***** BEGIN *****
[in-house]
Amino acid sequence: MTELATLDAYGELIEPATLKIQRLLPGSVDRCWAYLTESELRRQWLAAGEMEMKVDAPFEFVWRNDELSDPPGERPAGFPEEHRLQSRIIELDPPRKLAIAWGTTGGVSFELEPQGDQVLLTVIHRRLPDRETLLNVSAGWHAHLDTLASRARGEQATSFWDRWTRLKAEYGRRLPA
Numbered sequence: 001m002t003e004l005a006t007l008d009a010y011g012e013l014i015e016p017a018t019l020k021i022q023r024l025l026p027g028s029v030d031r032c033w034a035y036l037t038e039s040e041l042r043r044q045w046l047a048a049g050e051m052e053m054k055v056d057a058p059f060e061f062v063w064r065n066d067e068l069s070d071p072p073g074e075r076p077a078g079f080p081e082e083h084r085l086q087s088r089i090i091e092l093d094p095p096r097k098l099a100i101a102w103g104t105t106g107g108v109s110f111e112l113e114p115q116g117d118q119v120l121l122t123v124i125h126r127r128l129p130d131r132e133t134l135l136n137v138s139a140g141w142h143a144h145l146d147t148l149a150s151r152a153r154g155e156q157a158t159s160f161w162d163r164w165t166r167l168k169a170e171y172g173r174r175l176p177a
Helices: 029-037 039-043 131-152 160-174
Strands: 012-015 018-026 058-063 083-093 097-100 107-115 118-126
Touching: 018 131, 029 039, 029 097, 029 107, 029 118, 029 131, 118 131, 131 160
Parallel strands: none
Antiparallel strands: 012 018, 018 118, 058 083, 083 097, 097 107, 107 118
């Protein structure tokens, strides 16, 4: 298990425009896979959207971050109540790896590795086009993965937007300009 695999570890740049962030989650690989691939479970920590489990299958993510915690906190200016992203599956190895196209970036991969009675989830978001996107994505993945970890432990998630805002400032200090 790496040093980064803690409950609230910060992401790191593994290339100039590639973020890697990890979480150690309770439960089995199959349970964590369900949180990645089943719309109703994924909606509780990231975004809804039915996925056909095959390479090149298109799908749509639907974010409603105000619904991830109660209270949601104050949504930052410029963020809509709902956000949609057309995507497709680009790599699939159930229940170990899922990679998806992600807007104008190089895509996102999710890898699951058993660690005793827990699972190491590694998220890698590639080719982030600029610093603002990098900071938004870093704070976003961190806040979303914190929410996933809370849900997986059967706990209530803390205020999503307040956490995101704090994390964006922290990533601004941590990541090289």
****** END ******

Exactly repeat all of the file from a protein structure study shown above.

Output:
[in-house]
Amino acid sequence: MTELATLDAYGELIEPATLKIQRLLPGSVDRCWAYLTESELRRQWLAAGEMEMKVDAPFEFVWRNDELSDPPGERPAGFPEEHRLQSRIIELDPPRKLAIAWGTTGGVSFELEPQGDQVLLTVIHRRLPDRETLLNVSAGWHAHLDTLASRARGEQATSFWDRWTRLKAEYGRRLPA
Numbered sequence: 001m002t003e004l005a006t007l008d009a010y011g012e013l014i015e016p017a018t019l020k021i022q023r024l025l026p027g028s029v030d031r032c033w034a035y036l037t038e039s040e041l042r043r044q045w046l047a048a049g050e051m052e053m054k055v056d057a058p059f060e061f062v063w064r065n066d067e068l069s070d071p072p073g074e075r076p077a078g079f080p081e082e083h084r085l086q087s088r089i090i091e092l093d094p095p096r097k098l099a100i101a102w103g104t105t106g107g108v109s110f111e112l113e114p115q116g117d118q119v120l121l122t123v124i125h126r127r128l129p130d131r132e133t134l135l136n137v138s139a140g141w142h143a144h145l146d147t148l149a150s151r152a153r154g155e156q157a158t159s160f161w162d163r164w165t166r167l168k169a170e171y172g173r174r175l176p177a
Helices: 029-037 039-043 131-152 160-174
Strands: 012-015 018-026 058-063 083-093 097-100 107-115 118-126
Touching: 018 131, 029 039, 029 097, 029 107, 029 118, 029 131, 118 131, 131 160
Parallel strands: none
Antiparallel strands: 012 018, 018 118, 058 083, 083 097, 097 107, 107 118
């Protein structure tokens, strides 16, 4: 298990425009896979959207971050109540790896590795086009993965937007300009 695999570890740049962030989650690989691939479970920590489990299958993510915690906190200016992203599956190895196209970036991969009675989830978001996107994505993945970890432990998630805002400032200090 790496040093980064803690409950609230910060992401790191593994290339100039590639973020890697990890979480150690309770439960089995199959349970964590369900949180990645089943719309109703994924909606509780990231975004809804039915996925056909095959390479090149298109799908749509639907974010409603105000619904991830109660209270949601104050949504930052410029963020809509709902956000949609057309995507497709680009790599699939159930229940170990899922990679998806992600807007104008190089895509996102999710890898699951058993660690005793827990699972190491590694998220890698590639080719982030600029610093603002990098900071938004870093704070976003961190806040979303914190929410996933809370849900997986059967706990209530803390205020999503307040956490995101704090994390964006922290990533601004941590990541090289």